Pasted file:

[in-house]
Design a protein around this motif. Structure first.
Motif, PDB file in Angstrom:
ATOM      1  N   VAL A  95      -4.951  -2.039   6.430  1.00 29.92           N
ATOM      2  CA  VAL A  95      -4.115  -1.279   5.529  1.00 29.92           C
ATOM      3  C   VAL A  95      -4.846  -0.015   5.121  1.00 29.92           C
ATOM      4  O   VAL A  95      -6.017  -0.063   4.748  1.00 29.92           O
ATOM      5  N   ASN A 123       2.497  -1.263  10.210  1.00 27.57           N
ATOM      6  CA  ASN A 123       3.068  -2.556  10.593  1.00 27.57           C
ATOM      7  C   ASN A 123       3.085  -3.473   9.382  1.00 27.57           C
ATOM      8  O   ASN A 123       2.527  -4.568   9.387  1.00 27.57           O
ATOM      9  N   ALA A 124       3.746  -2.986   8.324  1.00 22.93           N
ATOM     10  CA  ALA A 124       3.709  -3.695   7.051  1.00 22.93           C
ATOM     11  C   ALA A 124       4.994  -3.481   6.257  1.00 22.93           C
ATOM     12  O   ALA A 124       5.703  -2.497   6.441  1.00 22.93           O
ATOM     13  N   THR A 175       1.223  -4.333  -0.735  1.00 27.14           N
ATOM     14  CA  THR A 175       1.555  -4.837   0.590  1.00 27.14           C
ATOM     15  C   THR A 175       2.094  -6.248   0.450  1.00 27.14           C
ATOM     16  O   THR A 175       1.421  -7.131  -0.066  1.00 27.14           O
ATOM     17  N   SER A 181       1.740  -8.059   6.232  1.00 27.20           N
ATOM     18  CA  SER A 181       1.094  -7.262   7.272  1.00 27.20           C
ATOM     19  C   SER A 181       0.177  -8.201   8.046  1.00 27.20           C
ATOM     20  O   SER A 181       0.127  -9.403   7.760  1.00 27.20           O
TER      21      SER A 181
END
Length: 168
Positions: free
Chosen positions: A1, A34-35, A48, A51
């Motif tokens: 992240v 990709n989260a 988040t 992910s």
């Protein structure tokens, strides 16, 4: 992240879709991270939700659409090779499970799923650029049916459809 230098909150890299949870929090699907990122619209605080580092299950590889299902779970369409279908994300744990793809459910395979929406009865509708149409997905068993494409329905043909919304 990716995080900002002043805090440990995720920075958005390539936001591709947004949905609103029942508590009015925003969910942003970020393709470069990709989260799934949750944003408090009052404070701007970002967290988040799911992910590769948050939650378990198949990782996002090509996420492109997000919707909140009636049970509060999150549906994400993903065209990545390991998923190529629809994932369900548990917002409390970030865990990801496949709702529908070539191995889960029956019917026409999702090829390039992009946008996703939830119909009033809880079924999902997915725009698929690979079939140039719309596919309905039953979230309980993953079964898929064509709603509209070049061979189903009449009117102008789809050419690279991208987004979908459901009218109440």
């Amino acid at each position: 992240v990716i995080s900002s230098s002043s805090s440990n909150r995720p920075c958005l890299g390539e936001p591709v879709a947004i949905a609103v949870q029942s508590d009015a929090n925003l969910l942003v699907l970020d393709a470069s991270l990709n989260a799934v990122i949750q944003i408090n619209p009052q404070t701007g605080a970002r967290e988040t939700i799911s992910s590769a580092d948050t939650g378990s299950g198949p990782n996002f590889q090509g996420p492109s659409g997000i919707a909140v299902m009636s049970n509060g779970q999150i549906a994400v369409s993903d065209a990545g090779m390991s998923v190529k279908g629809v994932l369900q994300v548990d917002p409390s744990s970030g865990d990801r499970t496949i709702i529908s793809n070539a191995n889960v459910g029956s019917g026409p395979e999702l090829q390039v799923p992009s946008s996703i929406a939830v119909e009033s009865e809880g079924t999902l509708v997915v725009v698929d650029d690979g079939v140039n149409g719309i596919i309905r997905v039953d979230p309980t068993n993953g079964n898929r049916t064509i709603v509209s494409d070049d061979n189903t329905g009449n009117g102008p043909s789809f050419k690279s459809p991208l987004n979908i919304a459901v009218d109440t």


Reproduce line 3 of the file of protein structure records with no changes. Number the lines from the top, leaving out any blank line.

Motif, PDB file in Angstrom: